- The festival was also cancelled in 2019 due to the anti-government protests in the city
- Glastonbury in the UK and South by Southwest in the US were also scrapped this year
Hong Kong’s biggest annual music festival has been cancelled for the second year running, with the coronavirus crisis making it impossible to stage this year’s edition, organisers said.
The Clockenflap Festival was to have been held at the Central Harbourfront Event Space over three days in November. Last year’s Clockenflap Festival, at the same venue, was cancelled because of anti-government protests.
In a statement posted to social media, the Clockenflap organisers said: “Due to the dynamic nature of Covid-19 and the effects on international travel, it’s impossible to deliver the depth and breadth of the Clockenflap festival experience we strive for each year.”
However, the statement added that the festival would be returning on November 26-28, 2021. “We are already planning on the biggest and best Clockenflap experience ever for our return.”
Mike Hill, co-founder and CEO of Clockenflap organiser Magnetic Asia, said: “The biggest challenge for us is the uncertainty of international travel. Would artists be able to come without having to spend 14 days in quarantine? There is a strong chance this may not improve before November. That makes it impossible to create the kind of Clockenflap people want.
“But 2021 will be bigger because we now have a date secured and it’s 18 months away. We have never had that level of venue certainty in the history of the event. That matched with the hunger to perform means our booking team should be in the best position ever.”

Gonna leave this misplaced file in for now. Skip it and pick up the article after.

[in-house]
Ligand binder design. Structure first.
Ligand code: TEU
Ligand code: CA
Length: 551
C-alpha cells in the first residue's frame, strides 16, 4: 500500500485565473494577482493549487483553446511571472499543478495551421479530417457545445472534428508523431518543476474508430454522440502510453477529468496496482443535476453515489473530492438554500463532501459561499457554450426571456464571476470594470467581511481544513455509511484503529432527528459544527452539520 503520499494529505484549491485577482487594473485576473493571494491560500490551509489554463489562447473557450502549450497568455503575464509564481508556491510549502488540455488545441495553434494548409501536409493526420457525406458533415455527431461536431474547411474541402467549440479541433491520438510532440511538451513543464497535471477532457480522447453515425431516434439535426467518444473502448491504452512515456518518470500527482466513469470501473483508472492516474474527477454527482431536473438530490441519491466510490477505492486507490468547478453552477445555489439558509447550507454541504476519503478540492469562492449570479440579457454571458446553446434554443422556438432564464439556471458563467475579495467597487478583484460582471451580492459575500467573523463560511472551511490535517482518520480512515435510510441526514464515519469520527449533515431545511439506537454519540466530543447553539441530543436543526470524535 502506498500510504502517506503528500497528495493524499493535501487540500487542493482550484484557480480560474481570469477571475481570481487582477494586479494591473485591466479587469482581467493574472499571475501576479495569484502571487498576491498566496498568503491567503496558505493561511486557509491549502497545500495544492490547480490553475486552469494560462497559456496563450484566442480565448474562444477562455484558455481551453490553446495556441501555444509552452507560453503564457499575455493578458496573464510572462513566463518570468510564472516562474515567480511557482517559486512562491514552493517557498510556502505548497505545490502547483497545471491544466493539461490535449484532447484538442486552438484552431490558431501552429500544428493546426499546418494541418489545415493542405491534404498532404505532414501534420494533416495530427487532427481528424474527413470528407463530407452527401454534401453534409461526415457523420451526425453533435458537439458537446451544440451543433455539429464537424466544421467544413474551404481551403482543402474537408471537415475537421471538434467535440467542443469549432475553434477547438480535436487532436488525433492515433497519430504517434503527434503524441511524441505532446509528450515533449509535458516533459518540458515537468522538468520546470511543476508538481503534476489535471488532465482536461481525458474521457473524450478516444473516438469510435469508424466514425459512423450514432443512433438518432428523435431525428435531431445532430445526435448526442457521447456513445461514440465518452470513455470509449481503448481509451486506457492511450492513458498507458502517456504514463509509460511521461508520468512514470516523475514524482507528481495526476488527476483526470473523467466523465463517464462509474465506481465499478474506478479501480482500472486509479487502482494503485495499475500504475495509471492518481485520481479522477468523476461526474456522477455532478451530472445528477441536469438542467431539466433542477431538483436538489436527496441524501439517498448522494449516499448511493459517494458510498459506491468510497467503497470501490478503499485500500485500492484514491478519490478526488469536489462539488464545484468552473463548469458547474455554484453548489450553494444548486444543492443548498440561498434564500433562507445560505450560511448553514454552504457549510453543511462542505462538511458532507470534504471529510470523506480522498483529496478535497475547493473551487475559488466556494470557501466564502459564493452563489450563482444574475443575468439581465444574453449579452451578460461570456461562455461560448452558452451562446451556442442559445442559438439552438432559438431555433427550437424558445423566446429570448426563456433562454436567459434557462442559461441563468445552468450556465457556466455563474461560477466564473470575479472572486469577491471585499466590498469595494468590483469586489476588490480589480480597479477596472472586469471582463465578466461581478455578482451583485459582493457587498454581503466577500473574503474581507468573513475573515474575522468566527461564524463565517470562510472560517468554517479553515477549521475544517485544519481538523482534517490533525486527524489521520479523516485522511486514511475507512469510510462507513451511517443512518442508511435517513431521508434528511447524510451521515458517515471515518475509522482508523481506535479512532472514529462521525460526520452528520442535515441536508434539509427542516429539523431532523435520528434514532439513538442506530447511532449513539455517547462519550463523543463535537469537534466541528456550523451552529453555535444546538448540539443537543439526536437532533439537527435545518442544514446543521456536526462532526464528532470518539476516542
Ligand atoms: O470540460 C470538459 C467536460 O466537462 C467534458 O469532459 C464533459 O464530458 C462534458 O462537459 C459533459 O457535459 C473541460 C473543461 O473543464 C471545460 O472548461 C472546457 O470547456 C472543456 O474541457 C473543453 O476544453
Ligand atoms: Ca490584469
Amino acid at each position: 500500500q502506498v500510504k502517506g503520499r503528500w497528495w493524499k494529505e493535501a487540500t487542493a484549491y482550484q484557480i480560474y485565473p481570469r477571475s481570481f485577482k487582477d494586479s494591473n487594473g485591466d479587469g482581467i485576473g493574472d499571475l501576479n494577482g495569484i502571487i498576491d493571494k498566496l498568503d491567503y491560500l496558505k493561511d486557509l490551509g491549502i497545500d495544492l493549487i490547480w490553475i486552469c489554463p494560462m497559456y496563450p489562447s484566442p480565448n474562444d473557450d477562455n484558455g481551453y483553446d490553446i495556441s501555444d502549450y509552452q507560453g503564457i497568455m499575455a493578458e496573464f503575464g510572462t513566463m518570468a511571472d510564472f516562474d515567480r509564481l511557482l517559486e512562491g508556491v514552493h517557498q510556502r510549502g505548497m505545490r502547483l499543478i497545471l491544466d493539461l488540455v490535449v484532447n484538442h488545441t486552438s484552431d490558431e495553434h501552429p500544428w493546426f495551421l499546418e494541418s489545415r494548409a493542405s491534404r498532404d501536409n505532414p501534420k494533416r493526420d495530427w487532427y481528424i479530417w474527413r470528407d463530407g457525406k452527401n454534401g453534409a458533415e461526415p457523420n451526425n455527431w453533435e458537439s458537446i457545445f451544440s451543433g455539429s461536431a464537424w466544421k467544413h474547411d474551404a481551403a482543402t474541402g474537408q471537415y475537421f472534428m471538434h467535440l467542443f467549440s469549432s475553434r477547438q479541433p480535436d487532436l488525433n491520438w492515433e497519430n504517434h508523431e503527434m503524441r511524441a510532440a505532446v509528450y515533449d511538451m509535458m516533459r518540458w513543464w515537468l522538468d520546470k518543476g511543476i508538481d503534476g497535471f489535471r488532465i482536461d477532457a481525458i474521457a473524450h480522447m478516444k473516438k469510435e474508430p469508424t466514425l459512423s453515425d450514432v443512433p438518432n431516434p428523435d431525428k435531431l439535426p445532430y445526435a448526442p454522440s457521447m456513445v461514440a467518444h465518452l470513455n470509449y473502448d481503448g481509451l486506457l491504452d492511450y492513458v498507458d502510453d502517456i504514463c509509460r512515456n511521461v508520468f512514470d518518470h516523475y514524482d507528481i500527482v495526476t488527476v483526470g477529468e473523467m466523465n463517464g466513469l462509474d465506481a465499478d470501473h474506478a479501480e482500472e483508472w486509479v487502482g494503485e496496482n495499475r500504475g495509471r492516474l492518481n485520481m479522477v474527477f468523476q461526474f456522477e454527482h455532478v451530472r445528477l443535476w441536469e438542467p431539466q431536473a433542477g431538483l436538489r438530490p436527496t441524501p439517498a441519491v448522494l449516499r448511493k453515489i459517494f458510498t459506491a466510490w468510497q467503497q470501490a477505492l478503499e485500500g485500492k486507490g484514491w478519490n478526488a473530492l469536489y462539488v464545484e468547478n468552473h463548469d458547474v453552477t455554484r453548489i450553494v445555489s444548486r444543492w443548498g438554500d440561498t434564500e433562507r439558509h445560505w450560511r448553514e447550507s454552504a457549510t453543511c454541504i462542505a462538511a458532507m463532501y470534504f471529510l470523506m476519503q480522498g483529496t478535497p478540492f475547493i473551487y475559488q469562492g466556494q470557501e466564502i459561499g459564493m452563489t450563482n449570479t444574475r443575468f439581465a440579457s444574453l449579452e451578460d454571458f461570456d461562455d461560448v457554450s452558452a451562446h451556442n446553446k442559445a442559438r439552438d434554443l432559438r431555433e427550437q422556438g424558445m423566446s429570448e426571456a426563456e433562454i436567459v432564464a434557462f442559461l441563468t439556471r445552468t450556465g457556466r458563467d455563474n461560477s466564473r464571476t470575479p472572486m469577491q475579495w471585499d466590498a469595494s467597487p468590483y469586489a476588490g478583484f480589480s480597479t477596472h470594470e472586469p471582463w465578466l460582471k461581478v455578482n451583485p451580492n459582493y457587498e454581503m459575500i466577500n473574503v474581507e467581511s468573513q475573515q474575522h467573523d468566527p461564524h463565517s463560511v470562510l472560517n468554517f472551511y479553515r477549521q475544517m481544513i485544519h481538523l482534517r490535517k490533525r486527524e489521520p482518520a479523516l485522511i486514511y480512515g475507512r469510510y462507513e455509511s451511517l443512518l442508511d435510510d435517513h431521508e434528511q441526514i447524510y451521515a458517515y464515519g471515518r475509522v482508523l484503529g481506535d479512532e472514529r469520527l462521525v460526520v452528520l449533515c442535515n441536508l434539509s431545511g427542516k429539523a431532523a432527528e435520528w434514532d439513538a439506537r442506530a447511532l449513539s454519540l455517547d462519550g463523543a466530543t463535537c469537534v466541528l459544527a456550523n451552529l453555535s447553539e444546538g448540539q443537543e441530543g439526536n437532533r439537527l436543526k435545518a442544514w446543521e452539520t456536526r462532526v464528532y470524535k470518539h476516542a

No artists had been announced for the 2020 festival and tickets had not gone on sale. The coronavirus outbreak has led to the postponement of most of the world’s biggest music festivals this year, including Glastonbury in the UK and South by Southwest in the United States.
What is now Hong Kong’s biggest annual music festival launched with a small-scale event at Cyberport, a business park and residential development on Hong Kong Island, in 2008 that attracted around 1,500 people. The festival witnessed unprecedented growth after it moved to the West Kowloon Cultural District in 2011 and expanded to three days.
Clockenflap was staged on the Central Harbourfront from 2016 to 2018, when it attracted around 40,000 people on each of its three days.